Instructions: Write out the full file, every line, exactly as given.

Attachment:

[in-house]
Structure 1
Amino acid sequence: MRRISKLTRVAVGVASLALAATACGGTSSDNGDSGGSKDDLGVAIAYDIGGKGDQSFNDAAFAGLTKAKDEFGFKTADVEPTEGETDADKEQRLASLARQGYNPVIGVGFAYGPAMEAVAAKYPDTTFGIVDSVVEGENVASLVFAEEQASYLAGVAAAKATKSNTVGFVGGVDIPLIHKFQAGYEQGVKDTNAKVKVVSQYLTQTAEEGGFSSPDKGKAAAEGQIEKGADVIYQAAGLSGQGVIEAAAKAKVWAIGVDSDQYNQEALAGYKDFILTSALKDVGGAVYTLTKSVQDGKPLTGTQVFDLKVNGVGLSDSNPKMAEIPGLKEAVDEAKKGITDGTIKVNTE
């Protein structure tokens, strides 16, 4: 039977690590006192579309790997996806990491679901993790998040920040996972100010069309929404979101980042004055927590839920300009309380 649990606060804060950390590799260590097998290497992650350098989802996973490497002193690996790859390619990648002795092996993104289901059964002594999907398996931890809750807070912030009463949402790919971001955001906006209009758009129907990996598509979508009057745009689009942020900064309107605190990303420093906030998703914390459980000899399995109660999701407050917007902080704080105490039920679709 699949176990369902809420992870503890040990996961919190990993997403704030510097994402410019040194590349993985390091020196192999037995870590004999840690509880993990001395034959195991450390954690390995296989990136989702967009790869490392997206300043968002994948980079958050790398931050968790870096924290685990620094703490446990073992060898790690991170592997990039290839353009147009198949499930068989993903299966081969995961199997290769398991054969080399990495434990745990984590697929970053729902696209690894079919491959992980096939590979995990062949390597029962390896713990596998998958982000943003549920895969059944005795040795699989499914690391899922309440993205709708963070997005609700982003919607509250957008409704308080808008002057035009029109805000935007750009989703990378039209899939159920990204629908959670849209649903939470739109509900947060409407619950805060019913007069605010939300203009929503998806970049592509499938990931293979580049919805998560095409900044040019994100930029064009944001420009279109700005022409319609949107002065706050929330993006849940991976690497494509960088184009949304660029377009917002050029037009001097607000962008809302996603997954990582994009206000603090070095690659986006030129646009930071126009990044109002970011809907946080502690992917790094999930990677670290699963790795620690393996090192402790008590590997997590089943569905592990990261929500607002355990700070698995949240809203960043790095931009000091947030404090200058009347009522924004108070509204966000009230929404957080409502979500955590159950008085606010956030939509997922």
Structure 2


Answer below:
[in-house]
Structure 1
Amino acid sequence: MRRISKLTRVAVGVASLALAATACGGTSSDNGDSGGSKDDLGVAIAYDIGGKGDQSFNDAAFAGLTKAKDEFGFKTADVEPTEGETDADKEQRLASLARQGYNPVIGVGFAYGPAMEAVAAKYPDTTFGIVDSVVEGENVASLVFAEEQASYLAGVAAAKATKSNTVGFVGGVDIPLIHKFQAGYEQGVKDTNAKVKVVSQYLTQTAEEGGFSSPDKGKAAAEGQIEKGADVIYQAAGLSGQGVIEAAAKAKVWAIGVDSDQYNQEALAGYKDFILTSALKDVGGAVYTLTKSVQDGKPLTGTQVFDLKVNGVGLSDSNPKMAEIPGLKEAVDEAKKGITDGTIKVNTE
């Protein structure tokens, strides 16, 4: 039977690590006192579309790997996806990491679901993790998040920040996972100010069309929404979101980042004055927590839920300009309380 649990606060804060950390590799260590097998290497992650350098989802996973490497002193690996790859390619990648002795092996993104289901059964002594999907398996931890809750807070912030009463949402790919971001955001906006209009758009129907990996598509979508009057745009689009942020900064309107605190990303420093906030998703914390459980000899399995109660999701407050917007902080704080105490039920679709 699949176990369902809420992870503890040990996961919190990993997403704030510097994402410019040194590349993985390091020196192999037995870590004999840690509880993990001395034959195991450390954690390995296989990136989702967009790869490392997206300043968002994948980079958050790398931050968790870096924290685990620094703490446990073992060898790690991170592997990039290839353009147009198949499930068989993903299966081969995961199997290769398991054969080399990495434990745990984590697929970053729902696209690894079919491959992980096939590979995990062949390597029962390896713990596998998958982000943003549920895969059944005795040795699989499914690391899922309440993205709708963070997005609700982003919607509250957008409704308080808008002057035009029109805000935007750009989703990378039209899939159920990204629908959670849209649903939470739109509900947060409407619950805060019913007069605010939300203009929503998806970049592509499938990931293979580049919805998560095409900044040019994100930029064009944001420009279109700005022409319609949107002065706050929330993006849940991976690497494509960088184009949304660029377009917002050029037009001097607000962008809302996603997954990582994009206000603090070095690659986006030129646009930071126009990044109002970011809907946080502690992917790094999930990677670290699963790795620690393996090192402790008590590997997590089943569905592990990261929500607002355990700070698995949240809203960043790095931009000091947030404090200058009347009522924004108070509204966000009230929404957080409502979500955590159950008085606010956030939509997922």
Structure 2